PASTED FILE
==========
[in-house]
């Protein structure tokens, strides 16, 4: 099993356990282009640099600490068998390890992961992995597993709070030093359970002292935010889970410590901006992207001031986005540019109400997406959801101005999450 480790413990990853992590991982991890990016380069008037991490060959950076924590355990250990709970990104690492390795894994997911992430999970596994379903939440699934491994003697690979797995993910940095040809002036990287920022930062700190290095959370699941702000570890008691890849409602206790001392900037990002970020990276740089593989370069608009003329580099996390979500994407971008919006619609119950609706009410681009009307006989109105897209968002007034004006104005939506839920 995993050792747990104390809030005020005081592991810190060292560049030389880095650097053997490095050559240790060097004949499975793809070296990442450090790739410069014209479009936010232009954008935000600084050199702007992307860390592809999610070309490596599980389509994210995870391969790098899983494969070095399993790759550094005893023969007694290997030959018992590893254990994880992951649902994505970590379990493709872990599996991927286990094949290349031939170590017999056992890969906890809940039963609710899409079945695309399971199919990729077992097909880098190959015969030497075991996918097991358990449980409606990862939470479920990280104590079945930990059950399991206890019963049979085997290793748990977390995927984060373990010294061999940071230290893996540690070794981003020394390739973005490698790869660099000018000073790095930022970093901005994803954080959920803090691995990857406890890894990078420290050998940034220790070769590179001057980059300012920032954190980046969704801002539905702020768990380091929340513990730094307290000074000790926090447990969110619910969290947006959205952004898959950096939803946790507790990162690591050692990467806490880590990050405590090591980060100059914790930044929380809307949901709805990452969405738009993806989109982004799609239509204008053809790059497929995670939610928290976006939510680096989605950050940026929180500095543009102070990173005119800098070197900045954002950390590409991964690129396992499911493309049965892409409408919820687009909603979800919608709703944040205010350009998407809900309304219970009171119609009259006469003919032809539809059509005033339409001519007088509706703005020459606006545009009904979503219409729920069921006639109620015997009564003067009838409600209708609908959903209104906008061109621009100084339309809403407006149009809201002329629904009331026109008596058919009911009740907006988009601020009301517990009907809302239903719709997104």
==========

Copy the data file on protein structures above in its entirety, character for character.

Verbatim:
[in-house]
């Protein structure tokens, strides 16, 4: 099993356990282009640099600490068998390890992961992995597993709070030093359970002292935010889970410590901006992207001031986005540019109400997406959801101005999450 480790413990990853992590991982991890990016380069008037991490060959950076924590355990250990709970990104690492390795894994997911992430999970596994379903939440699934491994003697690979797995993910940095040809002036990287920022930062700190290095959370699941702000570890008691890849409602206790001392900037990002970020990276740089593989370069608009003329580099996390979500994407971008919006619609119950609706009410681009009307006989109105897209968002007034004006104005939506839920 995993050792747990104390809030005020005081592991810190060292560049030389880095650097053997490095050559240790060097004949499975793809070296990442450090790739410069014209479009936010232009954008935000600084050199702007992307860390592809999610070309490596599980389509994210995870391969790098899983494969070095399993790759550094005893023969007694290997030959018992590893254990994880992951649902994505970590379990493709872990599996991927286990094949290349031939170590017999056992890969906890809940039963609710899409079945695309399971199919990729077992097909880098190959015969030497075991996918097991358990449980409606990862939470479920990280104590079945930990059950399991206890019963049979085997290793748990977390995927984060373990010294061999940071230290893996540690070794981003020394390739973005490698790869660099000018000073790095930022970093901005994803954080959920803090691995990857406890890894990078420290050998940034220790070769590179001057980059300012920032954190980046969704801002539905702020768990380091929340513990730094307290000074000790926090447990969110619910969290947006959205952004898959950096939803946790507790990162690591050692990467806490880590990050405590090591980060100059914790930044929380809307949901709805990452969405738009993806989109982004799609239509204008053809790059497929995670939610928290976006939510680096989605950050940026929180500095543009102070990173005119800098070197900045954002950390590409991964690129396992499911493309049965892409409408919820687009909603979800919608709703944040205010350009998407809900309304219970009171119609009259006469003919032809539809059509005033339409001519007088509706703005020459606006545009009904979503219409729920069921006639109620015997009564003067009838409600209708609908959903209104906008061109621009100084339309809403407006149009809201002329629904009331026109008596058919009911009740907006988009601020009301517990009907809302239903719709997104």